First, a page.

There were Christians in the land who saw that the men at Margaret's court would stop half-way in the work, and accomplish nothing permanent. In their view, France needed a man of artless nature, fearless spirit, powerful eloquence, and ability to give a new impulse to the work which Lefevre had begun. They thought of Farel; but his coming seemed to depend upon the duchess. Roussel knew her fears. He knew that Farel would be a preacher, and not a courtier, and he would never agree with her policy. Still the noble and devout Roussel felt that such a man was greatly needed, and he tried to open the way for him to put forth his mighty labours in some of the provinces. 'I will obtain the means of providing for all your wants,' he wrote, on the 27th of August 1526, 'until the Lord gives you an entrance at last among us.'

This also was Farel's earnest desire. He was not then invited to Switzerland. His country possessed his heartj day and night his eyes were turned toward the gates which were so strangely shut against him ; he went up and knocked. None came to open them. He was depressed, and he exclaimed, 'Oh, if the Lord would but open a way for me to return and labour in France!' Suddenly there was a prospect that his greatest wishes would be realized.

On the day of a grand reception at court, the two sons of Prince Robert de la Marche came to pay their respects to the king's sister. Margaret, ever intent on winning souls, said to Roussel, her eyes indicating the persons meant:

'Speak to those two young princes; seize, I pray, this opportunity of advancing the cause of Jesus Christ.'

'I will do so,' replied the willing chaplain. He approached the young noblemen, and began to converse about the gospel. They showed no astonishment, but listened with a lively interest. Finding that they were not strangers to the good word, he urged them to extend the truth among their subjects.

They gave their fullest assent to his words, but felt that they were too weak for the task of making known the gospel. Roussel now thought he had found a field for the pining exile, and he said to the young nobles: 'I know of but one man fitted for such a great work; he is William Farel. Christ has given him an extraordinary talent for making known the riches of His glory. Invite him.'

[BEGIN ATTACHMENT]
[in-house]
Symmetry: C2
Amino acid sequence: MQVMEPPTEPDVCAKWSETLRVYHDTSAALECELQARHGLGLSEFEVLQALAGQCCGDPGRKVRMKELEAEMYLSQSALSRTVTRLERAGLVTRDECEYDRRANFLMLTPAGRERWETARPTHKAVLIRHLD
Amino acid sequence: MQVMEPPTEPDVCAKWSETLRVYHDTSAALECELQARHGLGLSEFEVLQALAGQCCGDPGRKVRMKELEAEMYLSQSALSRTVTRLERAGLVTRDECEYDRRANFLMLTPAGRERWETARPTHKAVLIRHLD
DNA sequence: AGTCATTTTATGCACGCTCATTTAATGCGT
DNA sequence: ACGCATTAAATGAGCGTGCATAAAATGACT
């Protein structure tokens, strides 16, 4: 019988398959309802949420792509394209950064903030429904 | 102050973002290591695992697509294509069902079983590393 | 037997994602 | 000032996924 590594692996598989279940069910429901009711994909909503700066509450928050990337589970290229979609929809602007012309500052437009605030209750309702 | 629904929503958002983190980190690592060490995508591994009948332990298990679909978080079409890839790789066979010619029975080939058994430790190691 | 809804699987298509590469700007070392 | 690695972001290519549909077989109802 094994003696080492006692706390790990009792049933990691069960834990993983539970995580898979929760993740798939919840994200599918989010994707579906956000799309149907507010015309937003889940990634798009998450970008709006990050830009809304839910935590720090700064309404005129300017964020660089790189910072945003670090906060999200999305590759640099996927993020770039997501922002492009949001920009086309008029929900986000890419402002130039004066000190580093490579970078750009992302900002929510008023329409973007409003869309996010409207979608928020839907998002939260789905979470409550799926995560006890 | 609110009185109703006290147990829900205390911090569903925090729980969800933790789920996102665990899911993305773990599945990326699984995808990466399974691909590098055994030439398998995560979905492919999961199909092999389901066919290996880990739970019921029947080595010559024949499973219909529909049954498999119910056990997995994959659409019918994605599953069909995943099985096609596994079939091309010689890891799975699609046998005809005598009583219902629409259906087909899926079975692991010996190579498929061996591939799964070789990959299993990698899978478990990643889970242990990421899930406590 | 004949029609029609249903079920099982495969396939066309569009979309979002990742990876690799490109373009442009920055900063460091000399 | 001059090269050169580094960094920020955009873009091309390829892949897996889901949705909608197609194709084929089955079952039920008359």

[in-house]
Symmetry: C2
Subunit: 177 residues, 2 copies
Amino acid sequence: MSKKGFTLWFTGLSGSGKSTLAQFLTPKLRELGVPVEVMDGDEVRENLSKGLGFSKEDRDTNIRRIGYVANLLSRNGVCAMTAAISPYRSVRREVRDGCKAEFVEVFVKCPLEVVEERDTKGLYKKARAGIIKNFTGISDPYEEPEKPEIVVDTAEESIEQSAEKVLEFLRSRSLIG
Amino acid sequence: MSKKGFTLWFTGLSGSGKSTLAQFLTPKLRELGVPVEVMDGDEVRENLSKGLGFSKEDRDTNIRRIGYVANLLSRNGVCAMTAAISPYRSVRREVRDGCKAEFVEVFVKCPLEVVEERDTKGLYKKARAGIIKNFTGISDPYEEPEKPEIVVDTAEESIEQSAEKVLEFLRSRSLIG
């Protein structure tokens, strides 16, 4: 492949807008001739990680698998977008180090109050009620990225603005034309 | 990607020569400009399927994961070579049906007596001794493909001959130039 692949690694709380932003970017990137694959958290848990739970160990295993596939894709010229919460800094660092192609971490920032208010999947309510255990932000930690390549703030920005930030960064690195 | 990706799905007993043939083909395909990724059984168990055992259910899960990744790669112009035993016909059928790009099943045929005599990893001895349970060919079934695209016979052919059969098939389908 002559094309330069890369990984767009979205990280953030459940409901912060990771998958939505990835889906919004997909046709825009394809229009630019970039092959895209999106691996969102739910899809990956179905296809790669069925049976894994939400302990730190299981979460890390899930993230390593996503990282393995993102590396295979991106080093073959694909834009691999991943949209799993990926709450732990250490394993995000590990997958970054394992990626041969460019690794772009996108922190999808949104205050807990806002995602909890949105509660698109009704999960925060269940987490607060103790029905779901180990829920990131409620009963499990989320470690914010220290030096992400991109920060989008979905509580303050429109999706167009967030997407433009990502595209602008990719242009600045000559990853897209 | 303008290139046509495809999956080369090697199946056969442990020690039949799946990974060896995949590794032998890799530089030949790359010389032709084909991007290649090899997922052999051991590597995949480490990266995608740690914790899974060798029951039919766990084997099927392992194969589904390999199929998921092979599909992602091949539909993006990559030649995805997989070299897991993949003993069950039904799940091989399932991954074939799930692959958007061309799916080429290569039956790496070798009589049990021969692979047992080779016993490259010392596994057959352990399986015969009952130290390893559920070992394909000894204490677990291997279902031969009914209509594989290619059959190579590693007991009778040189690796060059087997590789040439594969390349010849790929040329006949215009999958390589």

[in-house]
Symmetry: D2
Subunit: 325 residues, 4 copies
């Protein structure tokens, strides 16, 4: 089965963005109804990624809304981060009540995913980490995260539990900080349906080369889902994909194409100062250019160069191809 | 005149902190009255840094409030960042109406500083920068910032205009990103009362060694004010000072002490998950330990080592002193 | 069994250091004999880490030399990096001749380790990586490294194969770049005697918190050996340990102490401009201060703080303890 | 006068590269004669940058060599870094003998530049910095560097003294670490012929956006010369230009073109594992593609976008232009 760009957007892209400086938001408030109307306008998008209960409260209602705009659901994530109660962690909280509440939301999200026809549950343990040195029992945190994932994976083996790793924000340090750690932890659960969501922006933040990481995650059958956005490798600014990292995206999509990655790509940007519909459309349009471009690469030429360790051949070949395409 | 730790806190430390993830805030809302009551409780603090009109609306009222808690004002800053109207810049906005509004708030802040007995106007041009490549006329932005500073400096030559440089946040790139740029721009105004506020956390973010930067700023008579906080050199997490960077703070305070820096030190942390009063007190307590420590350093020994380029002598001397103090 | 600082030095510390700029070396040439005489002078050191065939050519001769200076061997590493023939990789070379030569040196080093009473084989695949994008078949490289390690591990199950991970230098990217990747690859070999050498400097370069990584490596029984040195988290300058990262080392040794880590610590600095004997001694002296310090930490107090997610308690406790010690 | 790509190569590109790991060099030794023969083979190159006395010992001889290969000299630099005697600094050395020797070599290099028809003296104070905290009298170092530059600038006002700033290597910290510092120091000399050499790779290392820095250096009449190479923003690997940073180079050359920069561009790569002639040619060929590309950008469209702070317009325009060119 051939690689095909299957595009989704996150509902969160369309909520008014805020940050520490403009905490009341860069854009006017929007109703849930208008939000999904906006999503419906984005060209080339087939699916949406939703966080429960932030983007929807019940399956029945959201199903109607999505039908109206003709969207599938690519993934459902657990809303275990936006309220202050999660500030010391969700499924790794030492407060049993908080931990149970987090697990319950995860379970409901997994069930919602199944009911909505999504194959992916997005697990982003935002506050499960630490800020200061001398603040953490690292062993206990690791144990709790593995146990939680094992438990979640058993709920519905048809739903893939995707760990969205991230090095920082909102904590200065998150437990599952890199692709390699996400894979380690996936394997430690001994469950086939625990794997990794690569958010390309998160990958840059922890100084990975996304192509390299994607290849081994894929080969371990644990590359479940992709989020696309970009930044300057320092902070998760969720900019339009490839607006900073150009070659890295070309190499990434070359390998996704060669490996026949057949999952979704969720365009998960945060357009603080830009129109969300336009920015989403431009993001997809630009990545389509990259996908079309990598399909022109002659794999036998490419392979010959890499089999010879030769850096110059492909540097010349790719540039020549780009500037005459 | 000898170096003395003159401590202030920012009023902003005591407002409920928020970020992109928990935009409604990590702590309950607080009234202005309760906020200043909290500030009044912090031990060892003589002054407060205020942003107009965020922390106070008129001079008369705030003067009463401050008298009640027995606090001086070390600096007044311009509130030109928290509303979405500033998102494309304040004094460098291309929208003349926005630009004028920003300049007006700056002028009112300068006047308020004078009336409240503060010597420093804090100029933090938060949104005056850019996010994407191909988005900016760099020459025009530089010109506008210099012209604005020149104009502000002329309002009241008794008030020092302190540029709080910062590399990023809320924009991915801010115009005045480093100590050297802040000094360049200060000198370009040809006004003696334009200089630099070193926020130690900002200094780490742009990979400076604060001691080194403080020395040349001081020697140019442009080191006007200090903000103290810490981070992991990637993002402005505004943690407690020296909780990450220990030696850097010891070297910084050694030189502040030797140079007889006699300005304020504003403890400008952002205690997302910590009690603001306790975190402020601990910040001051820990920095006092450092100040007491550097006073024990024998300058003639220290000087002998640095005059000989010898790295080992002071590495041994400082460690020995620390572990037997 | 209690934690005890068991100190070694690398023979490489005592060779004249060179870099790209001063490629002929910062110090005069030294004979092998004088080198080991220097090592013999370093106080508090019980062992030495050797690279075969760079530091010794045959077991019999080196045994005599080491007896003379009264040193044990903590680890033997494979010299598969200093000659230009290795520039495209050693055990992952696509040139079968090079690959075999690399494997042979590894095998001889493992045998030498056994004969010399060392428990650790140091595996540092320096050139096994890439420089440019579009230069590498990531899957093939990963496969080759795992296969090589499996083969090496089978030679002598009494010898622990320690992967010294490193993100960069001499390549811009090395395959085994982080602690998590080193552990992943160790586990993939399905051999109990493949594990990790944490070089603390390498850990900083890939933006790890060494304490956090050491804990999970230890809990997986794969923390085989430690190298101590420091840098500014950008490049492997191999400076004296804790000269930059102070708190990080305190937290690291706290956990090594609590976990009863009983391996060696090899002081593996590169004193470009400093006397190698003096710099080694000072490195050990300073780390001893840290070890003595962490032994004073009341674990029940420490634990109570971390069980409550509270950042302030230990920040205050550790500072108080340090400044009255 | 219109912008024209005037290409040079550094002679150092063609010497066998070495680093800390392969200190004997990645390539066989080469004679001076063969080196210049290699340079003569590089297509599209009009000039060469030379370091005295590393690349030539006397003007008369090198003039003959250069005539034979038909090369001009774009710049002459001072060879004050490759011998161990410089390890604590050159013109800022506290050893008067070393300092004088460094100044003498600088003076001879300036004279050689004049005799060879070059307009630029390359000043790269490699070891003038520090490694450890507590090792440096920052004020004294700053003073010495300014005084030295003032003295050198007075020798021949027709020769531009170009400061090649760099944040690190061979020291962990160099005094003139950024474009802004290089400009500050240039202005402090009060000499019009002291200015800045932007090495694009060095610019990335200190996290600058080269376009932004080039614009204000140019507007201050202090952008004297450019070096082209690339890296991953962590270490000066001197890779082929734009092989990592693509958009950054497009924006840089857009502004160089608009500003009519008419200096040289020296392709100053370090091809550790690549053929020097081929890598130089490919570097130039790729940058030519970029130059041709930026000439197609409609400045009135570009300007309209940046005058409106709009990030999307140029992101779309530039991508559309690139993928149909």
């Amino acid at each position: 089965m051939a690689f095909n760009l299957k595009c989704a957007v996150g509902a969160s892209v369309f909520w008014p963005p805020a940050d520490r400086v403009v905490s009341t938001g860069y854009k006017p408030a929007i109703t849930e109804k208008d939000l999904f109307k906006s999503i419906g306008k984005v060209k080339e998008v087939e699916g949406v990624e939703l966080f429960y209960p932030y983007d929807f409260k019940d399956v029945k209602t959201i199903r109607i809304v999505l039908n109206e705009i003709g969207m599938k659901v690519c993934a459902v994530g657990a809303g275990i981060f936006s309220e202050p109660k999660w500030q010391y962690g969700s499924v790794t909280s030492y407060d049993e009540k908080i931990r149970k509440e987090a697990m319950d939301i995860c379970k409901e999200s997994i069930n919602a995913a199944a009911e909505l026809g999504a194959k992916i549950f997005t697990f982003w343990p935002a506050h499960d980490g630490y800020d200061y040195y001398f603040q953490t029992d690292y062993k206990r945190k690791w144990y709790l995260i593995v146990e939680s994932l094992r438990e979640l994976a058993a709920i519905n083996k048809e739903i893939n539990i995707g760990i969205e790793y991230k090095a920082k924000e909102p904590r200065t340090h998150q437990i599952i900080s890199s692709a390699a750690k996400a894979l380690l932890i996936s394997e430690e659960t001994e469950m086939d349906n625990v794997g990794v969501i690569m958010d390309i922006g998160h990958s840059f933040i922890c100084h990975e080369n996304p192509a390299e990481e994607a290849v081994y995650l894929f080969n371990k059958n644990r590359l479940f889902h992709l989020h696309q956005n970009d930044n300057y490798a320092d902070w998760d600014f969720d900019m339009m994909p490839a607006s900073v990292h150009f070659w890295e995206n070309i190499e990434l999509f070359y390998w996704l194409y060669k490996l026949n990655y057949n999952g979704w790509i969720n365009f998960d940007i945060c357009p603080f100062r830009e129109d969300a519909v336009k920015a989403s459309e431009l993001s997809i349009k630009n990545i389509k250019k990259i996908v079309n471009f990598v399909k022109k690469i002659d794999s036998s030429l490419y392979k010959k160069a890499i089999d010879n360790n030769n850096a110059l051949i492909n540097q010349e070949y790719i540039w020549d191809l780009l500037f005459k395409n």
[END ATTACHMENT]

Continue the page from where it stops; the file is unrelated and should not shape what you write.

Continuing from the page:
'We desire it still more than you,' said the young princes. 'Our father and we will open our arms to him. He shall be to us as a son, a brother, and a father. Let him fear nothing; he shall live with us; yes, in our own palace. All whom he will meet there are the friends of Jesus Christ. We ourselves will be there to receive him. Only bid him make haste; let him come before next Lent.'

'I promise you that he shall,' replied Roussel; and he began to think how he should lay all this before Farel. Toussaint wrote, and added his entreaties: 'Never has any news caused me more joy; hasten thither as fast as you can.'

Thus was a plan laid for Farel to come into almost the centre of France. So confident were the young princes of his coming, that they undertook to set up a printing establishment, in order that he might circulate the truth by means of the press, not only in La Marche, but throughout the kingdom.

'Farel would have been the man fitted for this work,' says D'Aubigne'. 'He was one of those whose simple, serious, earnest tones carry away the masses. His voice of thunder made his hearers tremble. The strength of his convictions created faith in their souls; the fervour of his prayers raised them to heaven. When they listened to him, " they felt," as Calvin says, " not merely a few light stings, but they were wounded and pierced to the heart; and hypocrisy was dragged from those wonderful and more than tortuous hiding-places which lie deep in the heart of man." He pulled down and built up with equal energy. He was not only a minister of the word; he was a bishop also. He was able to discern the young men who were fitted to wield the weapons of the gospel, and to direct them in the great war of the age. Farel never attacked a place, however difficult of access, which he did not take. Such was the man then called into France, and who seemed destined to be her reformer.' The letters of Roussel and Toussaint were on the way;